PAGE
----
An action was commenced against a municipality under the
Occupiers' Liability Act for injuries and damages sustained
after a teenager fell from a tree located in a municipal park. The
court in Eric Winters v. Corporation of Haldimand County (2013 ONSC
4096 (CanLII)) dismissed the action, but left the door open for a
municipality to be found liable in certain circumstances.
On September 28, 2011 the plaintiff (Eric Winters) fell from a
tree and was rendered paraplegic at the age of 16. Although the
plaintiff was a teenage boy at the time of the accident, he was not
considered a "risk-taker". The tree was a swamp willow
located at the rear of a municipal park. It had multiple large
limbs growing at or near its base. The tree was known by Eric and
some of his friends as "the Chilling Tree" and had been
used for many years by teenagers to congregate, climb, or sit on.
The municipal park was described as being "passive." It
had trees, a lawn, some picnic tables, and an unusable skateboard
pad. The municipality would maintain the trees, trimming them so
they would not block walkways and removing deadwood which would be
dangerous. Prior to the plaintiff's accident, there had been no
complaints about the tree.
As a result of the accident an action was commenced against the
municipality as the occupier of the park. The focus of the
court's liability analysis was on Section 3(1) of the
Occupiers' Liability Act which requires an occupier to take
reasonable care to see that persons entering a premises are
reasonably safe. The alleged breaches of the municipality's
duties under Act were as follows:
1. the municipality failed to have in place a reasonable system
to inspect and monitor the use of the municipal park by
2. the municipality failed to trim the "Chilling Tree"
to prevent it from being easily climbed and used as a sitting perch
3. the municipality failed to remove the "Chilling
Tree" entirely; and/or
4. the municipality failed to implement and enforce rules
against climbing trees in the municipal park.
The court considered that the municipality's practice of
being at the park on at least a weekly basis during business hours
constituted reasonable monitoring of the park; particularly as
there were no prior complaints about the "Chilling Tree"
and no municipal witness had ever previously seen anyone climbing
the tree. Further, although the "Chilling Tree" was
attractive to climb with a large horizontal limb eight feet above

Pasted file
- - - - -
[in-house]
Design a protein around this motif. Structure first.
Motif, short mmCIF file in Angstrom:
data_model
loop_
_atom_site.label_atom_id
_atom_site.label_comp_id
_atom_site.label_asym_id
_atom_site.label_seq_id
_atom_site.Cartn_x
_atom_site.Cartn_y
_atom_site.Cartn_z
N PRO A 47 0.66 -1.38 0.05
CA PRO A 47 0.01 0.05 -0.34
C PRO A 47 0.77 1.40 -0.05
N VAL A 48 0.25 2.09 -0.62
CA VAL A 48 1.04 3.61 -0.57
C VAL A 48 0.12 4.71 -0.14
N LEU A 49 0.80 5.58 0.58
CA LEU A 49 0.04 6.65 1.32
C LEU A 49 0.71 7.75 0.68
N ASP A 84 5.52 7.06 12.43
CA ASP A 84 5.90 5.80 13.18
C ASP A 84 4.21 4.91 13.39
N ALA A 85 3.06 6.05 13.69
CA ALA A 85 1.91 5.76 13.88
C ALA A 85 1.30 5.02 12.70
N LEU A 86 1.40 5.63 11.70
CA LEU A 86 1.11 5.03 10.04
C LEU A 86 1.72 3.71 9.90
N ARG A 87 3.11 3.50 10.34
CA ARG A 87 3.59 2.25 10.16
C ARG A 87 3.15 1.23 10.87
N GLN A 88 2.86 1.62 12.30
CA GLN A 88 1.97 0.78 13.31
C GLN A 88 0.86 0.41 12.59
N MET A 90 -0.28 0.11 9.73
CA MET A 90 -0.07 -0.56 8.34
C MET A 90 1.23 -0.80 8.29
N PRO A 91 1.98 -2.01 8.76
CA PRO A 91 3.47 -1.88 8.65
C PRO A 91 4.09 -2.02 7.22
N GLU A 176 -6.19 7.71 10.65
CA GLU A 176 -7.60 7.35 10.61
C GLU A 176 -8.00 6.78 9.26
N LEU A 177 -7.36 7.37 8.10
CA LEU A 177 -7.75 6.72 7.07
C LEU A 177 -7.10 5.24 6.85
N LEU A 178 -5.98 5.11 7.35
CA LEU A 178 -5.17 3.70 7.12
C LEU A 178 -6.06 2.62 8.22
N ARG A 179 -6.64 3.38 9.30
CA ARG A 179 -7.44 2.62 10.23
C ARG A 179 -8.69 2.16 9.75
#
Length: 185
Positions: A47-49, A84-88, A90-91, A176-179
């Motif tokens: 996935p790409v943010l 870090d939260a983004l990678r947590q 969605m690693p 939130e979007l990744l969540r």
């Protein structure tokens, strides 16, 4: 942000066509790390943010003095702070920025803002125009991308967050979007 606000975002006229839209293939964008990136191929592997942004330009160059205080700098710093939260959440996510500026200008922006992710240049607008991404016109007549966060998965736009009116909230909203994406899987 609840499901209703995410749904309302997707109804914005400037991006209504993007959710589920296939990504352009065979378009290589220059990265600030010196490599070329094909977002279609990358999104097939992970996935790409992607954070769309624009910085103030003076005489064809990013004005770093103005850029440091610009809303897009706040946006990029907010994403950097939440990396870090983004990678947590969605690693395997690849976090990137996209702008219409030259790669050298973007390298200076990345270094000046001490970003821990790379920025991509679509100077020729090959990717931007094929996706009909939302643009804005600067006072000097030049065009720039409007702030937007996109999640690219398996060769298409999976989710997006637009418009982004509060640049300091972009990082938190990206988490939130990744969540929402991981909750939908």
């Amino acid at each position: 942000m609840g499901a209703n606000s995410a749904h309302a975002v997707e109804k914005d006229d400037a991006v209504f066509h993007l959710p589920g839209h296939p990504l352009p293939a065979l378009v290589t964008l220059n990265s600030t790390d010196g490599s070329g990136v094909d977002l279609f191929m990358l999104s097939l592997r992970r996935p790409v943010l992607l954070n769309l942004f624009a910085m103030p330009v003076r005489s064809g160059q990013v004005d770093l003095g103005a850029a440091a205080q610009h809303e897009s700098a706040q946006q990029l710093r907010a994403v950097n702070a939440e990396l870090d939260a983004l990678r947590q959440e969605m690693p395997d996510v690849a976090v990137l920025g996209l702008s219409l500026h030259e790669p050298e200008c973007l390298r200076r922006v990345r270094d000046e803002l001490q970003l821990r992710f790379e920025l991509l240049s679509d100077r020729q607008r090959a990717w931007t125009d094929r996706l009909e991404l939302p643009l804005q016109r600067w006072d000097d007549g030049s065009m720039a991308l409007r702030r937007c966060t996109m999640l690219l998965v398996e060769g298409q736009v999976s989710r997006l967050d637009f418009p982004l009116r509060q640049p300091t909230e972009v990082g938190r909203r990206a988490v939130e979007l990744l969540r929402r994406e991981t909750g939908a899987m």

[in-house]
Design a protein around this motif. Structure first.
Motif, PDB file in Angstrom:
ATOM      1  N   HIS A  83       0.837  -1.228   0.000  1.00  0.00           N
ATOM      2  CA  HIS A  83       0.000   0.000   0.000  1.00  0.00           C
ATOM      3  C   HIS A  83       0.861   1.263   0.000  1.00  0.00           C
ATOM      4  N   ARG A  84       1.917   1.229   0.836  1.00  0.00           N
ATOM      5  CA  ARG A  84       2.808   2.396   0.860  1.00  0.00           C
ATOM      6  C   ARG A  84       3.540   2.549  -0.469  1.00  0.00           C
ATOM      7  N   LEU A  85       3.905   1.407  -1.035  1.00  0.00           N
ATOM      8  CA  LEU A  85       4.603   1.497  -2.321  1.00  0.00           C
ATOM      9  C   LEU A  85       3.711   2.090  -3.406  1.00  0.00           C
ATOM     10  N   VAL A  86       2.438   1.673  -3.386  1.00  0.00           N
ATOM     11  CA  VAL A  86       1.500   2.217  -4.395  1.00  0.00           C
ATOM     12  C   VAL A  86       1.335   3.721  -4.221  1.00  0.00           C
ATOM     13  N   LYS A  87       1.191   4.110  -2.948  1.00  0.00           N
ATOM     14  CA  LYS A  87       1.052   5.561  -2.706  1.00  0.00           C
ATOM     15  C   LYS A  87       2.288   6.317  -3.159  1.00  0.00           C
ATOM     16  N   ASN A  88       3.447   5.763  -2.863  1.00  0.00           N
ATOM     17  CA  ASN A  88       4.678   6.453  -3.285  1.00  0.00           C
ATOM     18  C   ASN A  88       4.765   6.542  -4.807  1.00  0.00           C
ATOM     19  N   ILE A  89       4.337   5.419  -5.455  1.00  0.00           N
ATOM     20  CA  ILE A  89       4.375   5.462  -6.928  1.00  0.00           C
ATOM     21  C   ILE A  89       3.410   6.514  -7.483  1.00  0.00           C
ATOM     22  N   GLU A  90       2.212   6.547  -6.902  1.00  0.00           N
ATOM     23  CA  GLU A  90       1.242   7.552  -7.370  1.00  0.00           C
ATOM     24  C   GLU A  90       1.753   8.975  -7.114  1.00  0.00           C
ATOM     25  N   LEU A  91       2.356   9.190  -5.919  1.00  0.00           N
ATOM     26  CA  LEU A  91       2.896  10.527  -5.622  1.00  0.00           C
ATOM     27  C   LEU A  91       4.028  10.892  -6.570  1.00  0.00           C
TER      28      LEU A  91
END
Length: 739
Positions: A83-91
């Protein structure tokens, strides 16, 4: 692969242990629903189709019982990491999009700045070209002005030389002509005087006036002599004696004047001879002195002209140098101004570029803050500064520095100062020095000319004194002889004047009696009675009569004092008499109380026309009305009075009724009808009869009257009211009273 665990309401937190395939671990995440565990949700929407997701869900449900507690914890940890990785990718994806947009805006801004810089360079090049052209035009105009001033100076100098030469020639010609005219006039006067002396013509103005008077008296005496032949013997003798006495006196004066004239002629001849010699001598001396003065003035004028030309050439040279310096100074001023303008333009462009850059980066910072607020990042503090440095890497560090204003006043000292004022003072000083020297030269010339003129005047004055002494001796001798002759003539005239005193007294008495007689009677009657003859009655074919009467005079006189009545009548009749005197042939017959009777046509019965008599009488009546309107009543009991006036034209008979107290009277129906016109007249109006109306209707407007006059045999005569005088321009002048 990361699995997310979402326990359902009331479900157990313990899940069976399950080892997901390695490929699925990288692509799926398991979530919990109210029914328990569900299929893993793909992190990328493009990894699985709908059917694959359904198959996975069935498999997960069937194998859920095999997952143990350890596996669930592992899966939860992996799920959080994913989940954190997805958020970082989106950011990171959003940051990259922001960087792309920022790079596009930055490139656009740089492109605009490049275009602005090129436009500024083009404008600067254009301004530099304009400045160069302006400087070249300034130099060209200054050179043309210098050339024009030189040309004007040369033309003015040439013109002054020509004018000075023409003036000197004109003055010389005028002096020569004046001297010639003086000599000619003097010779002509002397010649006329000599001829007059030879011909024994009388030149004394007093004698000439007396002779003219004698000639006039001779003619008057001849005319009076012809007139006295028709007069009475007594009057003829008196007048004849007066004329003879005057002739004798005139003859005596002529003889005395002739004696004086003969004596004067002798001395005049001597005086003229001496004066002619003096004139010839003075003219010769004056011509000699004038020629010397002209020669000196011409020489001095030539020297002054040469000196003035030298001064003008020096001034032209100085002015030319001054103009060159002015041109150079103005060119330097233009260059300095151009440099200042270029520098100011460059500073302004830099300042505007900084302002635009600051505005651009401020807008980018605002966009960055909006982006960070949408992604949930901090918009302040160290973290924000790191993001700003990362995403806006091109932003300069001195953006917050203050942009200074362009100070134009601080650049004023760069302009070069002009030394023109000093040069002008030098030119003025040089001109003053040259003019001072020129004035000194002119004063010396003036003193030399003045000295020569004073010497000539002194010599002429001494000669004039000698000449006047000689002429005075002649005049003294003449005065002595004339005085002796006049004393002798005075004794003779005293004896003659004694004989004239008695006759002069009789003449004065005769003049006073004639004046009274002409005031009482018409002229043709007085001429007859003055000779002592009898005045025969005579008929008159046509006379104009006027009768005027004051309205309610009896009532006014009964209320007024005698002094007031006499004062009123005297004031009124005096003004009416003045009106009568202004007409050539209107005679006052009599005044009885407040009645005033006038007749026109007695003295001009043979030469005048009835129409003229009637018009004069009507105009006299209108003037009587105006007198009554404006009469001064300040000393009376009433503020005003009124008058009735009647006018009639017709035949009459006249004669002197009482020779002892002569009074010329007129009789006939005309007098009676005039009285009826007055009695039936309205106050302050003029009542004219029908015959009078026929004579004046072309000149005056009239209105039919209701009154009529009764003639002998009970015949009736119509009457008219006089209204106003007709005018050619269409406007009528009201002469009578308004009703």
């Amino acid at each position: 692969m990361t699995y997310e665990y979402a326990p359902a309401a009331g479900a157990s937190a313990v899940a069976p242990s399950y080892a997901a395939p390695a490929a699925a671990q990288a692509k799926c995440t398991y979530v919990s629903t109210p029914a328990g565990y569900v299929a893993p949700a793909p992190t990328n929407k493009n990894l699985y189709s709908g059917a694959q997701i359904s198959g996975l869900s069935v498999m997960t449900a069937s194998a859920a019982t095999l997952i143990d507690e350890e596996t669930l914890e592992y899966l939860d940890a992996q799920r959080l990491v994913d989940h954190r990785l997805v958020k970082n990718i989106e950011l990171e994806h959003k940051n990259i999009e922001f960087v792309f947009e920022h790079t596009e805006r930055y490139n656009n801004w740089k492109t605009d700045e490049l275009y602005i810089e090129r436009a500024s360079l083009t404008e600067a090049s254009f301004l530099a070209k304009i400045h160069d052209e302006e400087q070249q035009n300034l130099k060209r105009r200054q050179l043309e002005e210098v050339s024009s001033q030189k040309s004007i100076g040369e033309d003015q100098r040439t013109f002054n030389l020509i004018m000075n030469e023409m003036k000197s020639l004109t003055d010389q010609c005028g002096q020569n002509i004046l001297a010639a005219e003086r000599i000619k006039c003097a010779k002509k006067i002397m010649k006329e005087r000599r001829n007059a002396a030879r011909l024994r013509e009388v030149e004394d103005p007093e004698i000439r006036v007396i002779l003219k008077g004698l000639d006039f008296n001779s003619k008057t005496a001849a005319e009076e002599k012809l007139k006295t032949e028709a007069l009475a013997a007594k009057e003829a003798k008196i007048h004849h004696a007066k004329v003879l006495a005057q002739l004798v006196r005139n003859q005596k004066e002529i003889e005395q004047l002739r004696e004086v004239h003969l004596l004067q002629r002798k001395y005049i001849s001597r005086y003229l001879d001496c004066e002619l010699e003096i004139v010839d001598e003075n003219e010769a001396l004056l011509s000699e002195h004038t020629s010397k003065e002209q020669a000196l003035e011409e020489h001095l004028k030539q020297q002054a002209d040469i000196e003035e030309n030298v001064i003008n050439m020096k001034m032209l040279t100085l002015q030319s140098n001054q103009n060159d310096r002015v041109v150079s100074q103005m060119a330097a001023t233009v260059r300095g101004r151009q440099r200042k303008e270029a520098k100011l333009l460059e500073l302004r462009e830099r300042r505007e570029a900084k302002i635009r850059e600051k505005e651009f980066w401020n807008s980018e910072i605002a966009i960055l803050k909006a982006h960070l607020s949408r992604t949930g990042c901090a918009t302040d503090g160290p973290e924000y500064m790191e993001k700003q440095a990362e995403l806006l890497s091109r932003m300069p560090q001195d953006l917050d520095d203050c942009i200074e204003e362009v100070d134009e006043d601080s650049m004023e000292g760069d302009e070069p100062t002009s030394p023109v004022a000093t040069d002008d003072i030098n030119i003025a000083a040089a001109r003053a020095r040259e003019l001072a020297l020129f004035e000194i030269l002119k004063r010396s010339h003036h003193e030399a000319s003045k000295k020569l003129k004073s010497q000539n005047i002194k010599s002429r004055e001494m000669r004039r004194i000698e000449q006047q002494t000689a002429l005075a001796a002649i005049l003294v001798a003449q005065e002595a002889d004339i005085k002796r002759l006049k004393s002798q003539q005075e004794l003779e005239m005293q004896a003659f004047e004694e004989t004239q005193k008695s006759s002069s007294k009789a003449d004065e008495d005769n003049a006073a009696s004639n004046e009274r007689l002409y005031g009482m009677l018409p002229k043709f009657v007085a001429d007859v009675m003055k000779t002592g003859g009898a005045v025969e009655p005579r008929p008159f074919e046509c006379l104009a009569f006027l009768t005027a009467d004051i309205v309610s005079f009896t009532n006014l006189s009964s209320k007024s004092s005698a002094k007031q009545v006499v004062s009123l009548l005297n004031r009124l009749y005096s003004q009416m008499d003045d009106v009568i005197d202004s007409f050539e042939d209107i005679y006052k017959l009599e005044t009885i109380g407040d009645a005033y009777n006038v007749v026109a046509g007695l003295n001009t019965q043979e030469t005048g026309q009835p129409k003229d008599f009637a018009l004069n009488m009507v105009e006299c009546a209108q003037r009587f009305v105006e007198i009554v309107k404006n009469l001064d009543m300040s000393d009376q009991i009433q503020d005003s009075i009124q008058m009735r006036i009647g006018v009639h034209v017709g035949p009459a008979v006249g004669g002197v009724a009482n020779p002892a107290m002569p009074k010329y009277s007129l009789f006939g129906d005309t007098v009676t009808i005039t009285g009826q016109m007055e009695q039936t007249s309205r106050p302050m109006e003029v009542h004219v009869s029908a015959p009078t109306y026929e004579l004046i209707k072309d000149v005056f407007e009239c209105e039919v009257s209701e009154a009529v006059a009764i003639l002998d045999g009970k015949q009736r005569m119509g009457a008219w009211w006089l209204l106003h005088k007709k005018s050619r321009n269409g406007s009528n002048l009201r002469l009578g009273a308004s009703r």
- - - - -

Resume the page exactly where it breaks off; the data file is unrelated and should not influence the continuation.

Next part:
the ground, the court held that it was no more unreasonable for the
municipality to leave the tree as it was than it was to leave any
other horizontal surface from which someone could fall. As such, it
would not be reasonable to require the municipality to trim the
"Chilling Tree" or remove it entirely. Finally, in
dismissing the plaintiffs' action, the court noted that a
municipality does not have limitless resources, and it ought not to
be obliged to forbid all activities which, with hindsight, might
prove to be dangerous.
The court's analysis also focused on the issue of
foreseeability, and seemed to leave the door open for a finding of
liability if the circumstances were different; for instance, if the
municipality had prior notice of a tree being attractive to
climbers or that a particular tree enticed risk-taking behaviour.
In doing so the court endorsed the principle enunciated in the
prior case of Ricard v. Trenton (City),  O.J. No. 4700. In
Ricard v. Trenton (City), while dismissing a claim brought against
a municipality in respect of the death of a child who had been
tree-climbing, the court commented:
"It may well be that, on occasion, certain trees by their
nature, or by their locations, become a haven for tree climbers.
And, should that occur, it might well be that a duty to do
In Irwin v. Alberta Veterinary Medical Association, 2015 ABCA 396, the Alberta Court of Appeal found that the "ABVMA" failed to afford procedural fairness to a veterinarian undergoing an incapacity assessment.
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